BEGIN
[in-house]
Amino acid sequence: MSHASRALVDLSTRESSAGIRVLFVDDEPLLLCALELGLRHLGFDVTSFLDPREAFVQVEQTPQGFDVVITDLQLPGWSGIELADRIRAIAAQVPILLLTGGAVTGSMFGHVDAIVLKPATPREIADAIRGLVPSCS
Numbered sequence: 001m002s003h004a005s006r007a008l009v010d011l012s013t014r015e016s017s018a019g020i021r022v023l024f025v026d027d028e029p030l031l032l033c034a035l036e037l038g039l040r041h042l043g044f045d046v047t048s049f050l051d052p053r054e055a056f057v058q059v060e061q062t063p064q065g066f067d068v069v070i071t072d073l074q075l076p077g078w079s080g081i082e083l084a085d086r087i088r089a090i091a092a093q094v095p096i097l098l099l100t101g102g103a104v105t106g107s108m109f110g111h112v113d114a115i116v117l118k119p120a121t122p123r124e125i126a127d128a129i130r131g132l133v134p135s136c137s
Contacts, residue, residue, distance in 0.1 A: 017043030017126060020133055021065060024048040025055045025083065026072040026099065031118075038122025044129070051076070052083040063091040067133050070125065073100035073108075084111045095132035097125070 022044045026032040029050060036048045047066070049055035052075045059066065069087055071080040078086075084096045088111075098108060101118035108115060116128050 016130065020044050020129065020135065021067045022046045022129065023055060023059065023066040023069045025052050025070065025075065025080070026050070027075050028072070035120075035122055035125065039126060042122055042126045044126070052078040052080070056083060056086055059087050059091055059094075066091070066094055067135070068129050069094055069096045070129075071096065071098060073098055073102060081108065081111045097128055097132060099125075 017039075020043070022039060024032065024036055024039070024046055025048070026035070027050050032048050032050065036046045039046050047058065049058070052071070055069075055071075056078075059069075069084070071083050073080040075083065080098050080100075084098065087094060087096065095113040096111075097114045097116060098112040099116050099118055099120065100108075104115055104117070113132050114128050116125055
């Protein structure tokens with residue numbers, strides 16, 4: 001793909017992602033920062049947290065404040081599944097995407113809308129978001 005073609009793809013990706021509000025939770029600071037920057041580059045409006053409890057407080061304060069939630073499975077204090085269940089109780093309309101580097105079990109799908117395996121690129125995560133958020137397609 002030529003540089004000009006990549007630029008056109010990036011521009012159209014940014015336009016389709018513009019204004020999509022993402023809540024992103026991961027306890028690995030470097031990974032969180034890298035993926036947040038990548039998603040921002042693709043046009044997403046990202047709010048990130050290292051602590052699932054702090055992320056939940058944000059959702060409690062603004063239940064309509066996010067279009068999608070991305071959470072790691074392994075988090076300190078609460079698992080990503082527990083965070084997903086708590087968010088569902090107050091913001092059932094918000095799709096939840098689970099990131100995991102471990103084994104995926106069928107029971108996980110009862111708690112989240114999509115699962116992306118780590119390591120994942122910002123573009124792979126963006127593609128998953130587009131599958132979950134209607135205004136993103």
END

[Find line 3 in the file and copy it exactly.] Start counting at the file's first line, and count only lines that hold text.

Numbered sequence: 001m002s003h004a005s006r007a008l009v010d011l012s013t014r015e016s017s018a019g020i021r022v023l024f025v026d027d028e029p030l031l032l033c034a035l036e037l038g039l040r041h042l043g044f045d046v047t048s049f050l051d052p053r054e055a056f057v058q059v060e061q062t063p064q065g066f067d068v069v070i071t072d073l074q075l076p077g078w079s080g081i082e083l084a085d086r087i088r089a090i091a092a093q094v095p096i097l098l099l100t101g102g103a104v105t106g107s108m109f110g111h112v113d114a115i116v117l118k119p120a121t122p123r124e125i126a127d128a129i130r131g132l133v134p135s136c137s